The development of caves in height, depth and length depends upon the resistance of the limestone or dolomite, the eroding strength of the acidulated water, the thickness of the formations and the joint-bedding plane development.

Caves are constantly growing whether due to water erosion or earth movements.

Stages of cave development from youth to old age


Sometimes a cave can open up to a new system of caverns by a movement of the earth's crust such as an earthquake or tremor. There was a bit of cavern activity during the period of the Alaskan earthquake. One cave that we visited had opened up to a new branch of caverns during this period. When we were there, this system had just recently been explored for the first time and we could still see the footprints of the first explorers.

An important factor often overlooked is the relationship of forests of the Ozarks to its geology. The solution and dissolving of the rock to form springs and caves due to the water becoming acid, is greatly enhanced by the presence of a forest cover which actually helps increase the flow of streams in the Ozarks. The forest cover slows down run-off from rainfall better than a grassland covering can by allowing more water to soak into the thin soil. The leaf litter carpeting the ground increases the acidity of the dissolving water passing through the rock.


Most caves have water dripping from the ceiling. This water is surface water which has seeped through the topsoil and through the rock into the caves, still eroding and changing the features inside. Caves with the water dripping or running in the form of a stream are referred to as live caves. Caves with absence of water are dry or dead caves.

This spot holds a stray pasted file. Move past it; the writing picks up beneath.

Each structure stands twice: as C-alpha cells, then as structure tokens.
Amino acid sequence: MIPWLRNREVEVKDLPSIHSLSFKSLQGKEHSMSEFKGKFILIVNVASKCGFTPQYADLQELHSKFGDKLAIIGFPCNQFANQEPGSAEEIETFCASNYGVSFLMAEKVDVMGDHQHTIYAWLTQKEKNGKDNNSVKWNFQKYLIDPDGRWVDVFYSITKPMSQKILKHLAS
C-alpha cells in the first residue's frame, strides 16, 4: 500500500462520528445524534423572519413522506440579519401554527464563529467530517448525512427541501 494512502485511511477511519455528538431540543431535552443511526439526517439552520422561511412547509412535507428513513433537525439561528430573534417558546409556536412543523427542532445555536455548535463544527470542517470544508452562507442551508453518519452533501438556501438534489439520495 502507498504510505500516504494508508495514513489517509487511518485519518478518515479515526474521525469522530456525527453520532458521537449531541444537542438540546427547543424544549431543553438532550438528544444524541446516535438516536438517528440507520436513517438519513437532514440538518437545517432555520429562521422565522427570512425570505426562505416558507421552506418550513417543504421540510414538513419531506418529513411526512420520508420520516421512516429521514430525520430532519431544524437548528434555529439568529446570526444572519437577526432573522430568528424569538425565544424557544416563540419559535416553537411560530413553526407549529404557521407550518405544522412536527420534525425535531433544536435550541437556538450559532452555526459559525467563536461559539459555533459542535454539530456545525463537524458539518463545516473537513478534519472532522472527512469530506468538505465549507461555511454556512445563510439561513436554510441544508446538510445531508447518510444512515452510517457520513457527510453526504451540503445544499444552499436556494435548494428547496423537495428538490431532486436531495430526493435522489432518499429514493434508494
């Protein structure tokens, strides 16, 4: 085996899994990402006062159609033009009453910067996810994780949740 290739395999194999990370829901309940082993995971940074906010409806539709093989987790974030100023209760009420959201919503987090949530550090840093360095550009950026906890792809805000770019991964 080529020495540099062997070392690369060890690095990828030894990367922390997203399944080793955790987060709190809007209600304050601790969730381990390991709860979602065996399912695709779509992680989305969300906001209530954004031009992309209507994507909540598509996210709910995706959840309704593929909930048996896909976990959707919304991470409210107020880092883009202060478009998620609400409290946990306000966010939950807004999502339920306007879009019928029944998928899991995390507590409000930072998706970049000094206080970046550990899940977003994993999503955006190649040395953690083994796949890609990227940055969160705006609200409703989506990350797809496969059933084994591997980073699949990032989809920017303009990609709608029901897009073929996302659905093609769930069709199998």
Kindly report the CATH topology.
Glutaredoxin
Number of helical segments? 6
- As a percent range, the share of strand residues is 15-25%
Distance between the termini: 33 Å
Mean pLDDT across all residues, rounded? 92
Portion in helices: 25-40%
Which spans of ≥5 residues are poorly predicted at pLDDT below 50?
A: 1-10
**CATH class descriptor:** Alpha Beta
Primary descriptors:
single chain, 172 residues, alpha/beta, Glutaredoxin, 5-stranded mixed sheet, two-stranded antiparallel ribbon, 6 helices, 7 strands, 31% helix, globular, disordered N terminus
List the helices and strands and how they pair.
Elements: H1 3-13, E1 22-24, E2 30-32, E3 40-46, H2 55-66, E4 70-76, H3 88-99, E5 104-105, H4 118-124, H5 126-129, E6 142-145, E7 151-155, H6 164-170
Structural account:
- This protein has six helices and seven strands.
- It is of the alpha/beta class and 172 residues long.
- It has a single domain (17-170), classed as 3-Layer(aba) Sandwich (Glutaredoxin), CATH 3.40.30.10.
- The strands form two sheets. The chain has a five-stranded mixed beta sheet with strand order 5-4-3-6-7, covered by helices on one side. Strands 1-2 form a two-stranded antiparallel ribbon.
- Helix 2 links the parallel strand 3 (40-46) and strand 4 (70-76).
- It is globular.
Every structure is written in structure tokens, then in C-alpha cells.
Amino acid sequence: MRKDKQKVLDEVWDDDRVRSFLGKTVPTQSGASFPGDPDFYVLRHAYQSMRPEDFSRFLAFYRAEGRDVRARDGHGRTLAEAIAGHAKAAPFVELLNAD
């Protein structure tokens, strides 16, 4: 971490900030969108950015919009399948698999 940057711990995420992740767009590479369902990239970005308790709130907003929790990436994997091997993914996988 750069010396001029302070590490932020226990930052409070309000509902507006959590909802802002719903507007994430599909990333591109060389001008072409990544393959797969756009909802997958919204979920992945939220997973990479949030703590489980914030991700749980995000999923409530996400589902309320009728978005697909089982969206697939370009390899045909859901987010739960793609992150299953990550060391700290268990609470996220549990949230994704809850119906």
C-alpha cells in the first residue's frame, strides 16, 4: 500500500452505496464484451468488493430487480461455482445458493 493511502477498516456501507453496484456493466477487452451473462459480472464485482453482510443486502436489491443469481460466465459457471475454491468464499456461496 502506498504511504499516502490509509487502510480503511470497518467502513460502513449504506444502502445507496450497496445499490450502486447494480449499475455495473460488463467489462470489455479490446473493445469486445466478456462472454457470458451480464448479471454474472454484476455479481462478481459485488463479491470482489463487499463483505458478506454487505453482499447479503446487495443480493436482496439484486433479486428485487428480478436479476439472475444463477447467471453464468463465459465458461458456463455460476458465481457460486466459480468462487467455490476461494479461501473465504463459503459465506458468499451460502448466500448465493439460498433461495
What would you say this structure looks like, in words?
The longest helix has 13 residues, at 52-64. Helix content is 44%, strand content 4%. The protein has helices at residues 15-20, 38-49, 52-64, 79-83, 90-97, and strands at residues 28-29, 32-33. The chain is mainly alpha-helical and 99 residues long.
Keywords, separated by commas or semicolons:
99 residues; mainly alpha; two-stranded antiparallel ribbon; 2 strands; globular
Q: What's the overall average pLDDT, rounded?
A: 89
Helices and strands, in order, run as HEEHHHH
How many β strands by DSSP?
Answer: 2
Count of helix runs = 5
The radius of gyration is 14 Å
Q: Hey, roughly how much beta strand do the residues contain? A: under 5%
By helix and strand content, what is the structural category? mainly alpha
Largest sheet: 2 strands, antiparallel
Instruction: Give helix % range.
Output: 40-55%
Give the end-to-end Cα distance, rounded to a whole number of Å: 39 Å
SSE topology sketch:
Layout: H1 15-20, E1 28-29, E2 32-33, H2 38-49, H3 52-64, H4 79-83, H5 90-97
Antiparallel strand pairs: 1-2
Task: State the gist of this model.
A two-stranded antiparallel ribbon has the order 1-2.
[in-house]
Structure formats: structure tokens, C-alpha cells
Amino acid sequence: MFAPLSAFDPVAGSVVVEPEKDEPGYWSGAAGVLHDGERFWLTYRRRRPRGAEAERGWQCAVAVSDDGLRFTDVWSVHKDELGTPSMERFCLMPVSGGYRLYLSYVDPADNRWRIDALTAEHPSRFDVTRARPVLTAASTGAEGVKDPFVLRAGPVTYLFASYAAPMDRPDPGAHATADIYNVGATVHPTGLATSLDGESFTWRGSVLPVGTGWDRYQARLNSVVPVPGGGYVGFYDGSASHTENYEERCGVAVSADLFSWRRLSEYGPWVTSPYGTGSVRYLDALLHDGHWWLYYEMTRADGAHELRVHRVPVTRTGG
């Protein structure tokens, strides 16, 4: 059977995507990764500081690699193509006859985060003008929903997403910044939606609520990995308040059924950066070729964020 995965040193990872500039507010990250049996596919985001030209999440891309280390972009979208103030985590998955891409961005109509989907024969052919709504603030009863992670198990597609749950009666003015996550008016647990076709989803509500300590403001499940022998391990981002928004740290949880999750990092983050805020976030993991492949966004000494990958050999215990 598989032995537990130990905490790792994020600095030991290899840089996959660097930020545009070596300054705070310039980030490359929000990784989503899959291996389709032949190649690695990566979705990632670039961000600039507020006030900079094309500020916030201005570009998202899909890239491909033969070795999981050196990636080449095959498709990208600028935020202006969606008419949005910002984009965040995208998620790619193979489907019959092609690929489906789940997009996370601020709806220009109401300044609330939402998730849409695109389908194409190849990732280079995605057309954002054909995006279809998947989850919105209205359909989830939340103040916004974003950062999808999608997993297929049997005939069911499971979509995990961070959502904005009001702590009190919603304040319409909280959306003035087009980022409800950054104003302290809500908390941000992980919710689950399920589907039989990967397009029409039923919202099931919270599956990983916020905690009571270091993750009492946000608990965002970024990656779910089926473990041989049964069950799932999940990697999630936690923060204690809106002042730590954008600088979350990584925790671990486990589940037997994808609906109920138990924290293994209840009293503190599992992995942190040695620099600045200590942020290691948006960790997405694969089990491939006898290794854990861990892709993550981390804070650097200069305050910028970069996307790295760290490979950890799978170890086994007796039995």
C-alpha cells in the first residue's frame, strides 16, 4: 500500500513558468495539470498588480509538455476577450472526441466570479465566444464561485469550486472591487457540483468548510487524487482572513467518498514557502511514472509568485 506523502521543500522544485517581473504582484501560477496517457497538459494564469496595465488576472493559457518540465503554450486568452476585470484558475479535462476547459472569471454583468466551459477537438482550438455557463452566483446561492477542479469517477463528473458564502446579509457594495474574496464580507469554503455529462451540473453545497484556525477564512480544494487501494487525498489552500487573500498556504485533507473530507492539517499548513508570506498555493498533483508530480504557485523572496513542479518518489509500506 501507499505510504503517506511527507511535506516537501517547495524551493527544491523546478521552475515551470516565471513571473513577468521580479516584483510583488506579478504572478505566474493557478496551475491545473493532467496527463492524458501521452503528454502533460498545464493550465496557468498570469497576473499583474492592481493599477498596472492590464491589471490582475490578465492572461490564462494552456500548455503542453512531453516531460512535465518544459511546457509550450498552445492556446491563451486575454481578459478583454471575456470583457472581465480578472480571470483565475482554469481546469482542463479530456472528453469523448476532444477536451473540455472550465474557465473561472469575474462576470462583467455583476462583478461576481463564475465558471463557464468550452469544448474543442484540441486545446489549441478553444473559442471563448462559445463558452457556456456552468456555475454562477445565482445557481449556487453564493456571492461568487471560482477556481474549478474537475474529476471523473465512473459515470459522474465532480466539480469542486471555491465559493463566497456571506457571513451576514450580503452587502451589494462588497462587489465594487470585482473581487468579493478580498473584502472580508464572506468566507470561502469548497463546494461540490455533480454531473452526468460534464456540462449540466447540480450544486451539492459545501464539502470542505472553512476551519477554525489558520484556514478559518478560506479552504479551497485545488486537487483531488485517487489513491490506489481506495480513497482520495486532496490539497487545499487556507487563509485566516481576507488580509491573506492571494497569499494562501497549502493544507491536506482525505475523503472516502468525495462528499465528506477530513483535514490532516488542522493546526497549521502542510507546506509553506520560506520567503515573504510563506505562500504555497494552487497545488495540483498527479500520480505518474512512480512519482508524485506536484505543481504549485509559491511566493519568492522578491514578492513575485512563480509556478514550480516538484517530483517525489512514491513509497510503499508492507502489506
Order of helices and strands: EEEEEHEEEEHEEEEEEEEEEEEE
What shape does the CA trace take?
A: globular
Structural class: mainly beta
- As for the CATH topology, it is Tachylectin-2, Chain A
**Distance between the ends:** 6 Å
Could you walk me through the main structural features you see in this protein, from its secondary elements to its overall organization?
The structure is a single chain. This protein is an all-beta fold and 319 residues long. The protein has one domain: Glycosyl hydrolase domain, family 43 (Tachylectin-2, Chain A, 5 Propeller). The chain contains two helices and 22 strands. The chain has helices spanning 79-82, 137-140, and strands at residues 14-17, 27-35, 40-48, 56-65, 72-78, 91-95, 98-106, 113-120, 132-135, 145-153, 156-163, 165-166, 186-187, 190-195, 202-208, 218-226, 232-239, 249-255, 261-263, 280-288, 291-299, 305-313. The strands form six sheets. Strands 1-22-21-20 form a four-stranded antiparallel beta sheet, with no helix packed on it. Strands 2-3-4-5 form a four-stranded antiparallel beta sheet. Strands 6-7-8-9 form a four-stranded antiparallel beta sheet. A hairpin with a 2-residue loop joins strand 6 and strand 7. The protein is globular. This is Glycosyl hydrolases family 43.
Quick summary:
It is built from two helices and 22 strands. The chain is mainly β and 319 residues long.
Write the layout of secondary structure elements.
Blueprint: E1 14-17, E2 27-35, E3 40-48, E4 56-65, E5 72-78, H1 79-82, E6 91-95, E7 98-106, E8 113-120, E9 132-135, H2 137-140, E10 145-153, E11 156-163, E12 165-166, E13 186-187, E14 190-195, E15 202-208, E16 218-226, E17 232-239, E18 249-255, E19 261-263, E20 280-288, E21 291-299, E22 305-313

After many thousands of years, after the water in the cave has formed rooms and passages and has found its way to the outside, the water level recedes. But water continues to come in through the cracks and through the openings. It still drips from the walls and the ceilings. The water moves through rock, becoming concentrated in calcium carbonate. When the water makes contact with the cave environment, there is a change in the pressure. There is a release of the pressure as the water comes into contact with the air. Carbon dioxide is then given off, and some calcium carbonate is precipitated onto the ceiling as the droplet of water slows, collects weight, then drops on to the floor area. The rest of the carbonate is deposited on the floor or moves on through the cave by way of a stream.

The dripping water forms many interesting, beautiful and fascinating deposits called dripstones inside caves. Ail cave deposits are made out of material from the four main sedimentary formations: dolomites, limestones, sandstones and shales. Some temporary deposits are also made out of clay or mud. The more common dripstones are stalactites, stalagmites and columns.

Stalactites form from water dripping slowly from the ceiling.


Stalactites are formations coming down from the ceiling. A calcite curtain may form from the dripping of water from the ceiling of a cave where a crack has been. The simplest type of stalactites are the soda straws which are straw-like formations hanging from the ceiling. Soda straws may develop if the water drips very slowly. The calcium carbonate is on the outside of the droplet of water giving the hollow soda straw condition. The hole is the size of a drop of water.